It's been a wonderful month- having my parents around, having mom's homecooked recipes, conversing in Chinese, seeing them interact with my girls. And Kris has been most patient, putting up with our idiosyncrasies and obsession with white rice.
But truth be told, a part of me cried a little, coming to terms with our reality- one that any expatriate Malaysian with children will likely encounter. You realize that you may consider yourself Malaysian, and remember your smalltown boy roots fondly, this will not be the same for your children. Because of the distance, they will never be as attached to your family as you are; that in all likelihood they will be much more attached to their families here, and would have trouble understanding some of the cultures, language and traditions you may share with your parents and siblings.
And so, it was heartwarming to watch the girls interact with their Ah Kong and Ah Ma, I was a bit saddened to see that they were more attached and familiar to/with their maternal grandparents. That they had their moments too especially when they were tired when they just didn't want anything to do with my parents. Like how Alli had to be coaxed to even give a goodbye hug at the airport, because she just woke up from their nap.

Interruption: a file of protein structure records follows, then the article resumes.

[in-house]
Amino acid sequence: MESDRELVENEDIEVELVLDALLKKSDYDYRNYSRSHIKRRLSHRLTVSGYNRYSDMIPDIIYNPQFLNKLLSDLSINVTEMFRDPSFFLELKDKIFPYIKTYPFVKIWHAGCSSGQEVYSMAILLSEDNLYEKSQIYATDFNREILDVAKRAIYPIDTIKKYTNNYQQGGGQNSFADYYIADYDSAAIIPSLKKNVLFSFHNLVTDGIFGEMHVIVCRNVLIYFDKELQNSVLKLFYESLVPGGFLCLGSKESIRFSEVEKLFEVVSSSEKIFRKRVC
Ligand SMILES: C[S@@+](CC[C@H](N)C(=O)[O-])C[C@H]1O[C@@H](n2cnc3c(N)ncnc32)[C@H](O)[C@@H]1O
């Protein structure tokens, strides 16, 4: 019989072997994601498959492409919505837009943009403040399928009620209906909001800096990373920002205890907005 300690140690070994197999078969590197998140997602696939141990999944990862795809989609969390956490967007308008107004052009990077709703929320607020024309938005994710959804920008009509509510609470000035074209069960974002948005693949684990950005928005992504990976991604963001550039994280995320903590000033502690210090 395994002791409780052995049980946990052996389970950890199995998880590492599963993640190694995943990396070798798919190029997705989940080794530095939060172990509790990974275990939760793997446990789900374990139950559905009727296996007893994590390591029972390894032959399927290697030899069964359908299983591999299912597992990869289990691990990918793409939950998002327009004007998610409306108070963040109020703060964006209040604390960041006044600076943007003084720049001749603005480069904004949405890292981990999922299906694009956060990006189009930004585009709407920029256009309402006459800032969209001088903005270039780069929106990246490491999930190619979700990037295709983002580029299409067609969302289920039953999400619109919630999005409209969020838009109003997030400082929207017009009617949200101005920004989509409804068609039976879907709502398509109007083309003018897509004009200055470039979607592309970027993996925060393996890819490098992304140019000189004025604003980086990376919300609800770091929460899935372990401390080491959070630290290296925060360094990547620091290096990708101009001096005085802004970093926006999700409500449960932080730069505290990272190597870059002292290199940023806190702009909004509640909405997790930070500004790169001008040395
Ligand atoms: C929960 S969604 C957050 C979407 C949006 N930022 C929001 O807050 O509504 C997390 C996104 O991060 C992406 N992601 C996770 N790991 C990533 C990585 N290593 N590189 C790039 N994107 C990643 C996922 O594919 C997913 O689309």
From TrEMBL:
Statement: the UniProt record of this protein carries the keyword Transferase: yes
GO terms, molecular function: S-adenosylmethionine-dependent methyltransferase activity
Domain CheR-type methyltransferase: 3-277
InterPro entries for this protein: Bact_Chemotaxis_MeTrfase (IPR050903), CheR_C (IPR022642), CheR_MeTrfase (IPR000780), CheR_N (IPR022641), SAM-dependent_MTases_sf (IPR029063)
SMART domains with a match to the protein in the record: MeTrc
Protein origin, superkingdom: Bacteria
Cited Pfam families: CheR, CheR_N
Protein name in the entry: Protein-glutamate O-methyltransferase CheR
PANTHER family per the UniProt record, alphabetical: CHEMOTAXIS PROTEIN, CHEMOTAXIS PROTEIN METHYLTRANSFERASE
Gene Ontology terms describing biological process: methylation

My parents being as patient as they are understood. And I'm sure this was something they knew would come- sending their son overseas and having him start a family there. This is to be expected, that despite the phone calls and Skype sessions, that the distance will always be there and so the girls will grow up not having them here all the time. Sending them off had a profound effect on me- and I left the airport feeling somewhat lonely, realizing that the girls were not as saddened as I was, and that there would be no one on this continent that would feel the way I do about my parents.
But yet, another part of me was humbled and in awe too of their sacrifices. Being a father now, I realize how it is really possible to love your child that much. How crushing it is to leave your child. And yet, because they saw a better future for me away from Malaysia, they had the strength and love to encourage and let their kids spread their wings and fly and go to where life takes them. And in my case, half the world away.
Have a good flight, mom and dad. We enjoyed your visit and will miss you...